Hackers may have gained ‘almost total control’ of an election server in Georgia, report says

The alleged attack on a Georgia election server was first discovered by Logan Lamb, an election security expert who suggested that hackers may have been able to significantly interfere with state voting data.

If the hackers successfully broke into the server, Mr Lamb said in his report that they likely obtained “almost total control of the server, including abilities to modify files, delete data, and install malware”.

….“What Logan’s findings show us,” she added, “is that vulnerabilities were not just hypothetical as the state had been claiming. Now we know that it was a very real risk, but what we don’t know is just how bad did it get. And the public deserves to know.”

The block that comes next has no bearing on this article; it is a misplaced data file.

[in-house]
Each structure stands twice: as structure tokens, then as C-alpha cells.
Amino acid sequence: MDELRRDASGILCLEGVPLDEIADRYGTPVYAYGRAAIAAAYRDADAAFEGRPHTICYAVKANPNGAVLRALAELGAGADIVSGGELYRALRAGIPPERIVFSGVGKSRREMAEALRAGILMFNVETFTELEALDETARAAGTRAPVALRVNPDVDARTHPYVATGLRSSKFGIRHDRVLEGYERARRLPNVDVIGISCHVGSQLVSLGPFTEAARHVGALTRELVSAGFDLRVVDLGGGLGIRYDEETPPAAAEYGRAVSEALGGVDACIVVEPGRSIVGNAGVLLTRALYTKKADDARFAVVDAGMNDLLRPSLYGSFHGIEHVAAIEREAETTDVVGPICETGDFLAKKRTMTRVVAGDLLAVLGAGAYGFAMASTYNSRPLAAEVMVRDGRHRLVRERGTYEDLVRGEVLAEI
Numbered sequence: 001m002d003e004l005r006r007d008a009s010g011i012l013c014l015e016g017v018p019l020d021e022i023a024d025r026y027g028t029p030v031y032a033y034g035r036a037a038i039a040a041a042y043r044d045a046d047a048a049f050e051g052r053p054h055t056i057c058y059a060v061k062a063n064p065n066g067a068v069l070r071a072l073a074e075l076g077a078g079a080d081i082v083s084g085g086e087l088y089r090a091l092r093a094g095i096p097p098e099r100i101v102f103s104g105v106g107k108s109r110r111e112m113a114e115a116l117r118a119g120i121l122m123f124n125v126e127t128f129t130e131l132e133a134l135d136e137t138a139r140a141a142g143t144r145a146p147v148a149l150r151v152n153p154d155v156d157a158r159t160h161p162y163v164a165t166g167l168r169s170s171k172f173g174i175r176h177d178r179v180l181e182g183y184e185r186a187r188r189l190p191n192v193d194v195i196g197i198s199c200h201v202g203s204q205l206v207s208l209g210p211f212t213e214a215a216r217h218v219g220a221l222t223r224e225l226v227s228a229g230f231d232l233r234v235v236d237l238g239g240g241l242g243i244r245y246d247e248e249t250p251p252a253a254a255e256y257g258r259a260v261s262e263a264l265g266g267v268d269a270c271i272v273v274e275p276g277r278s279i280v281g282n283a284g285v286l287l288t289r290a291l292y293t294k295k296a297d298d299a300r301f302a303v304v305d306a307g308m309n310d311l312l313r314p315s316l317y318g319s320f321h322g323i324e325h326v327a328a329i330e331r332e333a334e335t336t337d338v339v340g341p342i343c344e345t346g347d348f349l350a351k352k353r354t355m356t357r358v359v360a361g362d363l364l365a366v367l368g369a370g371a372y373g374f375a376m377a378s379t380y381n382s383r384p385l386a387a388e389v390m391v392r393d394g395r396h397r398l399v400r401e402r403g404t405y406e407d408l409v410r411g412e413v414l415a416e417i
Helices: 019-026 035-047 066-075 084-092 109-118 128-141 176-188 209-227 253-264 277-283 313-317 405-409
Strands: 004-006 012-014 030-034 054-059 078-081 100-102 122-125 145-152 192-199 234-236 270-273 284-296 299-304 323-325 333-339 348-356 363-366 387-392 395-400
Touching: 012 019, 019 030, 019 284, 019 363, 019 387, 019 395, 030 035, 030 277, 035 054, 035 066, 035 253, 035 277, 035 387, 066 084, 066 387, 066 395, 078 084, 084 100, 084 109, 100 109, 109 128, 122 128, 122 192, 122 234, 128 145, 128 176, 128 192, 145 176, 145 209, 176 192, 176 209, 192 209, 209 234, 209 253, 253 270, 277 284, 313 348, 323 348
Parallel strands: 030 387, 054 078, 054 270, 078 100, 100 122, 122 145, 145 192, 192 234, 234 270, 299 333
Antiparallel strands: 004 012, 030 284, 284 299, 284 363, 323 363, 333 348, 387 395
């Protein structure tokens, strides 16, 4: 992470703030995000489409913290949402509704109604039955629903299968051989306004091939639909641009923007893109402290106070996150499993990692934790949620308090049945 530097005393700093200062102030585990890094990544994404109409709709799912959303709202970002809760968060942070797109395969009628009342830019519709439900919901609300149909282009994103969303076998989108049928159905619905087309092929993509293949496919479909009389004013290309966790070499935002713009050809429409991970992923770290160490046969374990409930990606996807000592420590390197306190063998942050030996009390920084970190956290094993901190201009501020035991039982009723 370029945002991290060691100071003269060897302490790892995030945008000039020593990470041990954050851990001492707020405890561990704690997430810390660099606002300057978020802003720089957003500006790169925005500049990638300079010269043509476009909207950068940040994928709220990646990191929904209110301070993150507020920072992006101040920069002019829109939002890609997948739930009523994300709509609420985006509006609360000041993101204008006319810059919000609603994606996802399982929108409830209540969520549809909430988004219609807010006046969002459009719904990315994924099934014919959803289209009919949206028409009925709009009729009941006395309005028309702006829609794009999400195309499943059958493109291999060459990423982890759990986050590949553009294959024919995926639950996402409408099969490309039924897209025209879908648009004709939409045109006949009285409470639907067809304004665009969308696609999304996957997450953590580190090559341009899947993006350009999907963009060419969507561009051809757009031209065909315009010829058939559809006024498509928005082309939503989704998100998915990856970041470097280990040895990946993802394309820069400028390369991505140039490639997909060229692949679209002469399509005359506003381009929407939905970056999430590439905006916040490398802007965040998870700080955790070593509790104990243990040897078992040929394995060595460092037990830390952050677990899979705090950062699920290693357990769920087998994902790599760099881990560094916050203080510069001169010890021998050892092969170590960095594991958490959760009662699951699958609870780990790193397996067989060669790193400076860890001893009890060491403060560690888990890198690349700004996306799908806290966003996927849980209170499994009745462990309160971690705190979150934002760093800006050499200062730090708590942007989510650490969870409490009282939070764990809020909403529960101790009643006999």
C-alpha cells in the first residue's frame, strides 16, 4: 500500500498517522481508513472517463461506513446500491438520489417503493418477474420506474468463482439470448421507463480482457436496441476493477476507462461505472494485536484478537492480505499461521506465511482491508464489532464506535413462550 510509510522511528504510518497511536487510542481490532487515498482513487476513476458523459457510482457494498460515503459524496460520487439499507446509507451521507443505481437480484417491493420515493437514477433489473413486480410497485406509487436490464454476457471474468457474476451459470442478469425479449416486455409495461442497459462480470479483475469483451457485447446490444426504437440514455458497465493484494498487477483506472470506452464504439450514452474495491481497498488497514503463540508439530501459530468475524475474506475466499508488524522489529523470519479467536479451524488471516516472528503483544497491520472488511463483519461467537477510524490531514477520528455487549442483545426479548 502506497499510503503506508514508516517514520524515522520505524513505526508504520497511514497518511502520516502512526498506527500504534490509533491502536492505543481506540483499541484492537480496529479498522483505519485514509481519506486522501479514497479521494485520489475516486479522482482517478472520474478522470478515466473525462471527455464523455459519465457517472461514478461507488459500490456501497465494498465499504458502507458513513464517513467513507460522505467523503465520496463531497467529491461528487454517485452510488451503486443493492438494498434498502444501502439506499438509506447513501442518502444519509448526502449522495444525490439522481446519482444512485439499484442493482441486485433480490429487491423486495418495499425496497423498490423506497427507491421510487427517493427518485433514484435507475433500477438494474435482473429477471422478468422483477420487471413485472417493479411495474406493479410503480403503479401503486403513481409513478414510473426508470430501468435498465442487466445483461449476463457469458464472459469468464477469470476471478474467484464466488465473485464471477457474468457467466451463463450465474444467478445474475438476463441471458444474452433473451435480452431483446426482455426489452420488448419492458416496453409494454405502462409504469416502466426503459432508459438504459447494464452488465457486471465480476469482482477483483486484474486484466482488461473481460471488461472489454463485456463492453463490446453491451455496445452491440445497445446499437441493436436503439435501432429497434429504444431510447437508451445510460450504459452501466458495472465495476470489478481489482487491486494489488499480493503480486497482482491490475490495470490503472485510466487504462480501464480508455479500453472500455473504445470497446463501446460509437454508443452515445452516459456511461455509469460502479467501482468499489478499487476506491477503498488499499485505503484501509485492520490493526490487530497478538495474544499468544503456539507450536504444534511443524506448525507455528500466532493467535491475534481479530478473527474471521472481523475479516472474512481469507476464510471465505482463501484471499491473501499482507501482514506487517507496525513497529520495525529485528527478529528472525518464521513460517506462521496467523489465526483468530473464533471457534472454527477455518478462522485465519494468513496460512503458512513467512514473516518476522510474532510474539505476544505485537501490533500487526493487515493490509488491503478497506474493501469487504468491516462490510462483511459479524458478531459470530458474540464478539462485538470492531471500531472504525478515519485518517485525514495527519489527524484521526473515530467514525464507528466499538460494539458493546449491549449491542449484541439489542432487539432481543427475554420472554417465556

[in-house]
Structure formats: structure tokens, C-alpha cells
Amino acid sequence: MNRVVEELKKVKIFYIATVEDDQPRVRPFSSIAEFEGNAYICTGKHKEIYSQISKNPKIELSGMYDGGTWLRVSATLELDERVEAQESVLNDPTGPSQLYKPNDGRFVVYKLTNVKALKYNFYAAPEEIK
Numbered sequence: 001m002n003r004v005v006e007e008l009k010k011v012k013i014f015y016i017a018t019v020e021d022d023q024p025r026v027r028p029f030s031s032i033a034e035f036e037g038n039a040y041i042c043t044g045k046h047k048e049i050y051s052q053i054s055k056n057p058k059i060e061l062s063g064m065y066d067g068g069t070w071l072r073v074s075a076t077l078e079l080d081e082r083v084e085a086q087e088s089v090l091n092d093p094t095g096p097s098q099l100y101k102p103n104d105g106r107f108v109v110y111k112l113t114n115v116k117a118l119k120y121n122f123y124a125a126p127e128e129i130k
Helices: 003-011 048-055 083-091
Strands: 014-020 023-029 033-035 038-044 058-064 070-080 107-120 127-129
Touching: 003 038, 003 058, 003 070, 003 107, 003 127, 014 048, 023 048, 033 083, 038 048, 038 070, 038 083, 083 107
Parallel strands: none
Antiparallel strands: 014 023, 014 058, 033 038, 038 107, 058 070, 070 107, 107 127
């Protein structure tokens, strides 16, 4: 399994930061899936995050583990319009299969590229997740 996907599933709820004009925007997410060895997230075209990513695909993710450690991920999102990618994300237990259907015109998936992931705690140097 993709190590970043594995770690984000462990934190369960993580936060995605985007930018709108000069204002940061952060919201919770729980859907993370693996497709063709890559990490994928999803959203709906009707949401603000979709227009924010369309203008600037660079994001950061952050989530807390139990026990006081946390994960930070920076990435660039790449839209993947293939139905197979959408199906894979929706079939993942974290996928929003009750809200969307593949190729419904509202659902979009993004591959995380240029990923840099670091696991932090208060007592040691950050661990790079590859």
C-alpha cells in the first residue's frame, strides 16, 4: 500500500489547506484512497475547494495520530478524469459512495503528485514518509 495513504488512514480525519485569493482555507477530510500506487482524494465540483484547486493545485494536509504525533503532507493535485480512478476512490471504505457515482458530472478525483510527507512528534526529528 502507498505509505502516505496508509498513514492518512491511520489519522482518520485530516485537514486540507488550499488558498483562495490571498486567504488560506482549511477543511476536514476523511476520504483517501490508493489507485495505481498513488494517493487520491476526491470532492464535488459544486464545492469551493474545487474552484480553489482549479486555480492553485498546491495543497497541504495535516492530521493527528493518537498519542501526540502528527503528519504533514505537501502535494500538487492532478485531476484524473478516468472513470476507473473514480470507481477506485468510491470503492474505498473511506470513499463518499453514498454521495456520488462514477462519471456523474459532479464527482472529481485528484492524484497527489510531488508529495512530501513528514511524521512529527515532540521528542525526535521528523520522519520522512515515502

….The alleged attack has added fuel to an ongoing debate about the integrity of Georgia’s elections. The state uses paperless voting machines, a process the activist groups behind the lawsuit are hoping to put an end to, and the election server had previously faced security issues before the 2016 elections.

The Centre for Election Systems at Kennesaw State University, which was tasked with overseeing the programming of Georgia’s elections, then erased all of the data on the server in question. Mr Lamb was later able to assess a copy of the server collected by the FBI in March 2017 after state officials lost a years-long battle to prevent it from being examined in 2019.

“I can think of no legitimate reason why records from that critical period of time should have been deleted”, Mr Lamb wrote in the affidavit.

Hackers may have gained ‘almost total control’ of an election server in Georgia, report says | The Independent



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